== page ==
Assistant Village Idiot - Many Europeans think they have graduated to a kind of post-conflict existence (Robert Cooper wrote about this back in 2002), leaving America and China still in the age of nationalism and war. If it turns out that Europe hasn't really left this age behind, European values and institutions could be challenged more deeply than by the recent tensions between Brussels and national electorates. This could be healthy but it could also be very dangerous.

To the extent that it has a common sense of purpose, the Anglosphere could have an influence on Europe as well as outlying areas. The westward spread of nuclear weapons to the Middle East, North Africa, and Latin America will in any case be as serious as the rise of China, maybe more so. If a common Anglosphere position in foreign policy is possible, it would seem to me in need of a western as well as eastern focus. I also wonder if it wouldn't be in the interest of the British countries to consider relating more as a group to the United States rather than conducting relations with Washington as individual nations.

Posted by: David Billington at April 27, 2006 12:43 AM

Edmond, IMHO your rationales for saying Europe and the US could be used in comparison is a bit lacking since,

"1) American national identity took at least a century to create."

British history was also like this. The idea of a English national identity took centuries up to about 1400 AD to be developed.

"2) The colonies were not just culturally, but economically very distinct; in some ways that make Europe look homogenous by comparison (agrarian slave economy vs. industrial etc)"

So were individual regions in Britain. Also remember that American colonies already spoke roughly the same languages for communications purposes and even much of the Pennsylvanian Dutch use English as a second language rather than a foreign language as they were already significantly Anglicized. It is more akin to Cornwall's people use Cornish at home but they also speak English as a second language. But in Germany or France, English is simply a foreign language - it is not a second language that you will use in your daily life. In other words, comparing post-American War of Independence Rhode Island and South Carolina is more akin to comparing Cornwall and Yorkshire in England alone.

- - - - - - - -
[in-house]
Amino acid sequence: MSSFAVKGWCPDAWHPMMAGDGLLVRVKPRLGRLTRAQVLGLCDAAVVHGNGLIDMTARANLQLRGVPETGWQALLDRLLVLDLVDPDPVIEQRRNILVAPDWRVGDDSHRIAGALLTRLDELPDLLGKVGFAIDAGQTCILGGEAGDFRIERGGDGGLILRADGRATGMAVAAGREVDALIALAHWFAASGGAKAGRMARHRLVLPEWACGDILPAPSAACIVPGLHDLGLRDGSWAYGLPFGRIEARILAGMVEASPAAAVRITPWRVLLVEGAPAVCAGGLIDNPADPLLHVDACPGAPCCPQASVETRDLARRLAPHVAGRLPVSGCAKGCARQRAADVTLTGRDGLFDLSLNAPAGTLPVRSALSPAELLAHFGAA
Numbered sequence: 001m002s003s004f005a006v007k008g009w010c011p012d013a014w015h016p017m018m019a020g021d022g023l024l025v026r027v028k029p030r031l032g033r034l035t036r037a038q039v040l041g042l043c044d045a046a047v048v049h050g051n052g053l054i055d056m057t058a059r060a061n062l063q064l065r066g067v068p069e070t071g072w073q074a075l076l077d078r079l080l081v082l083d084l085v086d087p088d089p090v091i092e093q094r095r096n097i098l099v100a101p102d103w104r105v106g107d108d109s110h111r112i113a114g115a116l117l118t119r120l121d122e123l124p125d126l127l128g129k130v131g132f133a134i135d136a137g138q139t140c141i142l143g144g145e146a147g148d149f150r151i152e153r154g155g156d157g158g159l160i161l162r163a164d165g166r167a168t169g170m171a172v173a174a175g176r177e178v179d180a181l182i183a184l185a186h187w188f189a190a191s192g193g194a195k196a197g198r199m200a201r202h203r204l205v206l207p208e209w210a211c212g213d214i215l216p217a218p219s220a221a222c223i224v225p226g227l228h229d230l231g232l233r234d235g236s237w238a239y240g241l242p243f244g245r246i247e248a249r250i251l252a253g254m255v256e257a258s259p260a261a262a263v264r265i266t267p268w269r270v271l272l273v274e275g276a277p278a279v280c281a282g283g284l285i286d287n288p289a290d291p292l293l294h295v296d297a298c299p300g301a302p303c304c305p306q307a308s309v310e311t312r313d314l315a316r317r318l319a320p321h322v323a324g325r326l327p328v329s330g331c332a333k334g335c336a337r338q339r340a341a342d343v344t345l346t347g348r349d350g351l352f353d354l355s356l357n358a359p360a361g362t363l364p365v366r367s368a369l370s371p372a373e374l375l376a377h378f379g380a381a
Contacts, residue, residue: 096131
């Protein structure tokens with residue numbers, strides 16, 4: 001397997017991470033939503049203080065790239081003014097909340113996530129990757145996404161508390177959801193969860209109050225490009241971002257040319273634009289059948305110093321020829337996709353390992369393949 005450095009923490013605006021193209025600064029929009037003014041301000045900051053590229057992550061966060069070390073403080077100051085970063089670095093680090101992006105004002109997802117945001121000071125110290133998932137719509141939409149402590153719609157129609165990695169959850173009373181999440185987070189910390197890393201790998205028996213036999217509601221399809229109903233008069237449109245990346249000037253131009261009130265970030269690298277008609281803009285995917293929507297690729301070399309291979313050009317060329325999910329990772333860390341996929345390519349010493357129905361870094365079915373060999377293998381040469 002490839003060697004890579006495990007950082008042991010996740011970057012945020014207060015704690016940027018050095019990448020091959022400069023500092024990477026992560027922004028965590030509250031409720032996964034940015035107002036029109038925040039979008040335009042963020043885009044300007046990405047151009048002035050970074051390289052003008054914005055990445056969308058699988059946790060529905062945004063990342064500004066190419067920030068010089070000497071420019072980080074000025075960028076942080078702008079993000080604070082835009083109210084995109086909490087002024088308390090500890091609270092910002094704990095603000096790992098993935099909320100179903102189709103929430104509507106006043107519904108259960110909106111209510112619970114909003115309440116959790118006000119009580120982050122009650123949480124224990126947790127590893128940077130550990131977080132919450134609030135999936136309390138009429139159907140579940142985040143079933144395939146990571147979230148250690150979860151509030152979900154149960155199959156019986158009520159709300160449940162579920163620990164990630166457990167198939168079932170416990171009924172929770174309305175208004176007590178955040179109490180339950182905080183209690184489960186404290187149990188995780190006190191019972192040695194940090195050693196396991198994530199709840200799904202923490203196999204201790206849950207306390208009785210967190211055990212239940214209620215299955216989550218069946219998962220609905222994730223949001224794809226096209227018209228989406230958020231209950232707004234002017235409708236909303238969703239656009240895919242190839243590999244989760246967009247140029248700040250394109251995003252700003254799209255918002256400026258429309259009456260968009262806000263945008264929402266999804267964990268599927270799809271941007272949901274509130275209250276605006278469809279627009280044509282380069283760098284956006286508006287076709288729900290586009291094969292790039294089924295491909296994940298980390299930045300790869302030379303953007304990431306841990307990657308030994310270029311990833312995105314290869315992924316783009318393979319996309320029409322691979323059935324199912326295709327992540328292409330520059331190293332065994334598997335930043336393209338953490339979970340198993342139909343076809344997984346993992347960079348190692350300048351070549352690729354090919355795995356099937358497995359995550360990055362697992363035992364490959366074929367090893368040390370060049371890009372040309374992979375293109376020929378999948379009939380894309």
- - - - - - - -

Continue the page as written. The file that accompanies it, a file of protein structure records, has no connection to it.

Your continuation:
"3) Threat is not like that risked by lone colonies (existential); but the relative decline of the West (Europeans in particular) does bring hazards--Europe nations could indirectly
harm each other (ex. France, Germany and Iran,Iraq etc...hell the US doesnt give the UK weapons fearing other Europeans will give them to China)."

Geographic blocs of countries were nothing new. Congress of Vienna comes to mind. But Europe simply has diverging national interests that make such long term permanent alliance unsustainable. The Vienna system was broken up in 30 years time and the only remaining vestigal legacy to this date is that Sweden is a neutral state. (Switzerland's neutrality was firmly enshrined by the 16th century)

Posted by: Joel at April 27, 2006 04:06 PM

Hi Joel, David, Helen and others,
The debate is probably over and a new post might come in shortly. But I guess I'll comment again.
My main point is not about comparing the EU of 2006 with the US of 1776. While I think there are valid similarities, that is not my main point.
Readers (myself included) disagree with the structure of the EU.
But what should it be? If we believe in free markets, promoting liberal democracy etc. what is the best arrangement for the Continent and Britain?
On many matters (social, various economic etc.) little or no commonality exists and are instead simply extensions of French or German self interest.
But defense and specific kinds of foreign policy issues are common. The current arrangement creates more risk for member states (and their markets) by rewarding those who cooperate with threatening states or terrorist groups. (does anyone remember Iraq, or our current problems with Iran?)
Finally, nations, states and peoples change. The English-speaking peoples have intuitively understood this through history and as a result have remained dynamic and reinventing. With regard to the present or future existence of Europe, we would do well not to construct our debates so rigidly.

Posted by: Edmond at April 28, 2006 11:15 PM
Post a comment

Remember personal info?